As US President Joe Biden’s Big Bill moves forward, President Nancy Pelosi’s Big Legacy moves forward as well – The New Indian Express


Through Associated press

WASHINGTON: Deep in the grueling negotiations over President Joe Biden’s big domestic policy agenda, when it looked like the bickering between Democrats would never end, President Nancy Pelosi let everyone unveil a little secret.

“This,” she told reporters quite publicly a while ago, “is the fun part. “

The chore of legislating, treacherous for some, a sport for others, and often unsuccessful in slow Congress, is where Pelosi resides, exerting a relentless will to push Biden’s roughly $ 2 trillion package forward. Friday across the House, now sending it to the Senate.

The House vote, which only one Democrat opposed, gives momentum to Biden’s signing legislation after months of negotiations initiated and provides a down payment on the party’s campaign pledge to provide government skills and power. put them at the service of the Americans.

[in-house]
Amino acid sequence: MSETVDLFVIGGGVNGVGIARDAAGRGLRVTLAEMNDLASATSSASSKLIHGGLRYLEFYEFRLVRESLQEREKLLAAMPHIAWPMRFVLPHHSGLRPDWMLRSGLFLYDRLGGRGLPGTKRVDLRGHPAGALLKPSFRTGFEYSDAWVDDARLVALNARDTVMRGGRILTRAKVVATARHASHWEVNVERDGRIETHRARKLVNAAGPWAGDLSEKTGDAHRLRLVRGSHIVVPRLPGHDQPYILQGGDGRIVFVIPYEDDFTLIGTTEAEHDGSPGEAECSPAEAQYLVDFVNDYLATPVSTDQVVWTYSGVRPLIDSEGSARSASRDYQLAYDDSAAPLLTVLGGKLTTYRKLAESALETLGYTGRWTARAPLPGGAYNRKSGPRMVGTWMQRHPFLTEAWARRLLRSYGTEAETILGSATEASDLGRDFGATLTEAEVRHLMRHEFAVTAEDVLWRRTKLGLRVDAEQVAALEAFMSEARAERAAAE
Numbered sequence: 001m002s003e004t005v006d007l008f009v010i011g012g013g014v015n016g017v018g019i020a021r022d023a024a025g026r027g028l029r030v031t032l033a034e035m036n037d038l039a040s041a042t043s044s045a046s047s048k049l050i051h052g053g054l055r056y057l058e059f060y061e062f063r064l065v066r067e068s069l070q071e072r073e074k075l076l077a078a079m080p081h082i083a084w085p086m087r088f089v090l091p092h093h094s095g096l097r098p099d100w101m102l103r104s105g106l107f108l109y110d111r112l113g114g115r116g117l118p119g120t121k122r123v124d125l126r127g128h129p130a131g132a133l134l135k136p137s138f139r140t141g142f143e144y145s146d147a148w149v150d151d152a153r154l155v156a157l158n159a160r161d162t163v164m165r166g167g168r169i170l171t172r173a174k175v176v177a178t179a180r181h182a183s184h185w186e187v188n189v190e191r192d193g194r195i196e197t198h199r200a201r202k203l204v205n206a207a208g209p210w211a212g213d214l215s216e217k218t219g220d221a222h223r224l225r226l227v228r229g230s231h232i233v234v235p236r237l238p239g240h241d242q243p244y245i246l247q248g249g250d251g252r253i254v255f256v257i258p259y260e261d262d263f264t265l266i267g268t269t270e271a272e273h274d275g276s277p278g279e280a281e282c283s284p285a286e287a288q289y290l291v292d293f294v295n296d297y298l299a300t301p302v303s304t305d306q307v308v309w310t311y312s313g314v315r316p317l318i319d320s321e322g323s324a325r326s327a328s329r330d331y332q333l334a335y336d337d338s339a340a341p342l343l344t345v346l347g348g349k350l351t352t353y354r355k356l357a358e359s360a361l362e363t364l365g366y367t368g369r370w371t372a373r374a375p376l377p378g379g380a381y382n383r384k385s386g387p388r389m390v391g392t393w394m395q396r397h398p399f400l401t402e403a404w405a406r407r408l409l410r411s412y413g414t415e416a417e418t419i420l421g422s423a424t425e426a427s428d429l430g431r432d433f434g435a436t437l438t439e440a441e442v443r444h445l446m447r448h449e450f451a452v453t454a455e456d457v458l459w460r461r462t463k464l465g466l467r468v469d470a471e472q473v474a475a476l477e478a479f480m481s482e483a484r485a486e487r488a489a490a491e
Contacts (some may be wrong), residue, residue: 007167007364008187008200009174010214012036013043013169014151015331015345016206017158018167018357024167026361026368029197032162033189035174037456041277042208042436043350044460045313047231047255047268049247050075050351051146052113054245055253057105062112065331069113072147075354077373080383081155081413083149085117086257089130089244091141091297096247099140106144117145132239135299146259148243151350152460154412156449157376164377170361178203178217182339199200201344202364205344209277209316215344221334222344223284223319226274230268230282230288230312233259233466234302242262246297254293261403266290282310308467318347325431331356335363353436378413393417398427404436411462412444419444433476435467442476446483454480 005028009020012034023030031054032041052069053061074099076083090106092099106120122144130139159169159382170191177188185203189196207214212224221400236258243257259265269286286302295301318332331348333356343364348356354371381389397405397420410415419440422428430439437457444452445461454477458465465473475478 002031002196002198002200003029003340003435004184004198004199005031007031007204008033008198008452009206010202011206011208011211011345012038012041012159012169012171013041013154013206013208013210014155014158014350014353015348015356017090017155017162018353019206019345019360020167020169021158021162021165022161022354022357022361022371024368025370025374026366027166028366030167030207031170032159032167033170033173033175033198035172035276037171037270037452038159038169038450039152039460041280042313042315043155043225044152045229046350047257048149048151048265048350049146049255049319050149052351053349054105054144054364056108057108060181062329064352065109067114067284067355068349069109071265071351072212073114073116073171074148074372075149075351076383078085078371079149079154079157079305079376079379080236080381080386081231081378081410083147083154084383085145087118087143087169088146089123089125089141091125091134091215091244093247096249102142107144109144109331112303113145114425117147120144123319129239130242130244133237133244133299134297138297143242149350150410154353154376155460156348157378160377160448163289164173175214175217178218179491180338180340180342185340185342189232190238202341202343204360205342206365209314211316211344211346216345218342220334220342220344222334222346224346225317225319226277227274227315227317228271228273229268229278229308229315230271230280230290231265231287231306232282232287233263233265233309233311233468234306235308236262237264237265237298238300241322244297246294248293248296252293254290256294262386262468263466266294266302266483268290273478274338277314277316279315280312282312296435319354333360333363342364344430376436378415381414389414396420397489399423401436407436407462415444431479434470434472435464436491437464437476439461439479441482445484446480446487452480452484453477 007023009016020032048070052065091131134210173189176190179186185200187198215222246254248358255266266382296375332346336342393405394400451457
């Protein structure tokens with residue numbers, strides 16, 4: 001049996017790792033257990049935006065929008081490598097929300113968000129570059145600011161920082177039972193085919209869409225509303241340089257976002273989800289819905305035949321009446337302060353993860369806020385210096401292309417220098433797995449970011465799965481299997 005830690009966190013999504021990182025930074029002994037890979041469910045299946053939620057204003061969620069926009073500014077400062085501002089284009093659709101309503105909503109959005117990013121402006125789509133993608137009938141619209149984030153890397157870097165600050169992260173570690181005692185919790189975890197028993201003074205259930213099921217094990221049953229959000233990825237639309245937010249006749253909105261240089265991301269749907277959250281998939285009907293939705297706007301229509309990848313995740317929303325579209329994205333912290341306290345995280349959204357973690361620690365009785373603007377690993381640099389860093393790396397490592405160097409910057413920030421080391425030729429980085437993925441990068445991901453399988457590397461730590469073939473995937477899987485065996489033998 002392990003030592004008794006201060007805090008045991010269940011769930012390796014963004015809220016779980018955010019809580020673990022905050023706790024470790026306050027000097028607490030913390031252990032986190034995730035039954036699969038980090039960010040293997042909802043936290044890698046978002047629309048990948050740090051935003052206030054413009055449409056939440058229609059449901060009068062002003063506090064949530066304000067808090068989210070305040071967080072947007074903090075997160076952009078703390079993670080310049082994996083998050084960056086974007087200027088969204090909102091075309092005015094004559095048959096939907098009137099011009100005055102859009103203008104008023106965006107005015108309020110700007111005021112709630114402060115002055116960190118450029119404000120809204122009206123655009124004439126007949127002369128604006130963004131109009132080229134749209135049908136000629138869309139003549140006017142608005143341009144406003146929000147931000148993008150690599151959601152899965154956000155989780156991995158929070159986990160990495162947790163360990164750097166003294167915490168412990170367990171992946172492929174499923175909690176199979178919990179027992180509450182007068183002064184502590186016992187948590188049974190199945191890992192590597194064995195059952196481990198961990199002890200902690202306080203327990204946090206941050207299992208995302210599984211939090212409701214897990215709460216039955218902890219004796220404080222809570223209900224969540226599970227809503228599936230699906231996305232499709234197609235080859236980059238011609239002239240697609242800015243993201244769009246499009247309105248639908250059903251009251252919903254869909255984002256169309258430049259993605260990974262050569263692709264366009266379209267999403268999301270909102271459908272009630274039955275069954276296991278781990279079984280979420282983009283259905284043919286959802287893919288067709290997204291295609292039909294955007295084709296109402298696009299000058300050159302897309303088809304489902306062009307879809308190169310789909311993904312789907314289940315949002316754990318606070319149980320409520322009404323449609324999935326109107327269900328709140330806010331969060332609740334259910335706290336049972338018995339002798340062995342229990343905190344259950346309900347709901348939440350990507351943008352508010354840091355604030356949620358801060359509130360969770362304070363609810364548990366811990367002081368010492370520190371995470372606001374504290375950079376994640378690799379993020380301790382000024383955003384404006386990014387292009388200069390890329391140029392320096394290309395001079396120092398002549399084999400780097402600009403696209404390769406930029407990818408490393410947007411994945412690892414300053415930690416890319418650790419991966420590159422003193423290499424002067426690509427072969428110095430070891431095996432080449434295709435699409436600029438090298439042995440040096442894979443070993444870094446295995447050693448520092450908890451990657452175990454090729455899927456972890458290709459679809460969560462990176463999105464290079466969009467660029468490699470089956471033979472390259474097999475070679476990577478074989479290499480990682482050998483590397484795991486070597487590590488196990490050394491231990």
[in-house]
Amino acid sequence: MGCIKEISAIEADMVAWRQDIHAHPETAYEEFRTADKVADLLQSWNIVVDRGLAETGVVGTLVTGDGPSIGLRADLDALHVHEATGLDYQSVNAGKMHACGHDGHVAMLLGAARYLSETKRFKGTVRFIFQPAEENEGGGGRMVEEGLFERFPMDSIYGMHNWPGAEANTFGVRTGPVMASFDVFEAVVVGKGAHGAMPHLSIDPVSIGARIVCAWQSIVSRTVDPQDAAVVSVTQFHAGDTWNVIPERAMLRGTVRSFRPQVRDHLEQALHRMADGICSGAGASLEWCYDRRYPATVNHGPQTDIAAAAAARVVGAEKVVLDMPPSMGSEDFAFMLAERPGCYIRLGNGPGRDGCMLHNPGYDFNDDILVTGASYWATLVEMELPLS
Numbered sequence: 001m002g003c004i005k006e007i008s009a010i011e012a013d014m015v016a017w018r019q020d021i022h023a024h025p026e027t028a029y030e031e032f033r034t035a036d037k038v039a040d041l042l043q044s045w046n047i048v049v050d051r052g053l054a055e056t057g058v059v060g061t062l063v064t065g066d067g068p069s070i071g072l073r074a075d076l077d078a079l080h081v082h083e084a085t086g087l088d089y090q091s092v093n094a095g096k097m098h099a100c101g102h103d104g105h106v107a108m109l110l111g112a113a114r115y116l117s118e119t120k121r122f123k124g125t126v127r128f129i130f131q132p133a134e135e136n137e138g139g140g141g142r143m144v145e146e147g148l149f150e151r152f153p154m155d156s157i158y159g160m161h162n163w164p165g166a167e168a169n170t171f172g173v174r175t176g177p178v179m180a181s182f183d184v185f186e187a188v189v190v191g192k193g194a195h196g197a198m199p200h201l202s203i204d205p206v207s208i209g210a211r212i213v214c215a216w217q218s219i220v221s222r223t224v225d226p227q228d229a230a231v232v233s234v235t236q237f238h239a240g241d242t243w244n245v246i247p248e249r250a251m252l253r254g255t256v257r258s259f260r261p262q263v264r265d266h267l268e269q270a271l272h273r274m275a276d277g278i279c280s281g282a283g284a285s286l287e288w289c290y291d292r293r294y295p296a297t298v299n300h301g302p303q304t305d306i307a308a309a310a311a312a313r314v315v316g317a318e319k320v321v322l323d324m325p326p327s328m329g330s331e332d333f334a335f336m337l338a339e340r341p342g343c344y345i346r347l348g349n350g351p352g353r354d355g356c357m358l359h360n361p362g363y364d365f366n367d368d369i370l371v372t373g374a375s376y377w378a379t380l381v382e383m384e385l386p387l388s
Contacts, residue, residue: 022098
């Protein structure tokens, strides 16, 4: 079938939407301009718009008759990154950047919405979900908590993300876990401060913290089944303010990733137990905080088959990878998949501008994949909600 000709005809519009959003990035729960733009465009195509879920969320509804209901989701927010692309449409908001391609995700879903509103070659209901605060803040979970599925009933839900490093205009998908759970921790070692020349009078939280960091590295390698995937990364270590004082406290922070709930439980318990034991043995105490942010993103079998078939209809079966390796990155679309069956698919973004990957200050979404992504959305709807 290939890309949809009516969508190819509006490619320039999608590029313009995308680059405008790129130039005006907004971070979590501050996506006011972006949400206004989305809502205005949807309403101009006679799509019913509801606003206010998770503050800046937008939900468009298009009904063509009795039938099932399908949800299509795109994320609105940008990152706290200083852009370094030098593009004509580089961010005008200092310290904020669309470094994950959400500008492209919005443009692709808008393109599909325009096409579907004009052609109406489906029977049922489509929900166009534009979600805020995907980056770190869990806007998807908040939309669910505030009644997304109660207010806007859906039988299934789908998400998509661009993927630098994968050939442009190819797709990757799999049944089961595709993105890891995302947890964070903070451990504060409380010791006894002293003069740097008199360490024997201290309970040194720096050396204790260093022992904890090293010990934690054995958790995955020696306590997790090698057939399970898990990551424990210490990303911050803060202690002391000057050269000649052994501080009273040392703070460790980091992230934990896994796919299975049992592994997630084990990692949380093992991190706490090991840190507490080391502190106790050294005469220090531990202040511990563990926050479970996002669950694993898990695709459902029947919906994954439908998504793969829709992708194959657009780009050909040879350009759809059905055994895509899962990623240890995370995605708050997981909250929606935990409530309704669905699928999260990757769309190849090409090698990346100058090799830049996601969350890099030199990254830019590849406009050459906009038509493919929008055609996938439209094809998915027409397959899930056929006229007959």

And for Pelosi, who burst into the House hall early Friday to close the vote after a session that lasted almost all night, the result marks a career milestone and strengthens her legacy not only as the first woman. orator in the country, but among its most powerful – the one working to secure massive federal investments that Biden and others have likened to Franklin Roosevelt’s New Deal or Lyndon Johnson’s Great Society.

“Congratulations,” Biden told her during a phone call she took in the gold room next to the floor of the house as the final tally arrived.

Friday’s vote was never a certainty. Final action sort of crept up against lawmakers after weeks of frantic negotiations, several false starts and large-scale setbacks that delayed and threatened to derail the entire company.

First, there was the difficult process of compiling the 2,135-page Build Back Better Act, with its sweeping proposals to expand government support to help families pay for health care and child care. and reduce the price of prescription drugs, along with new efforts. to fight against climate change.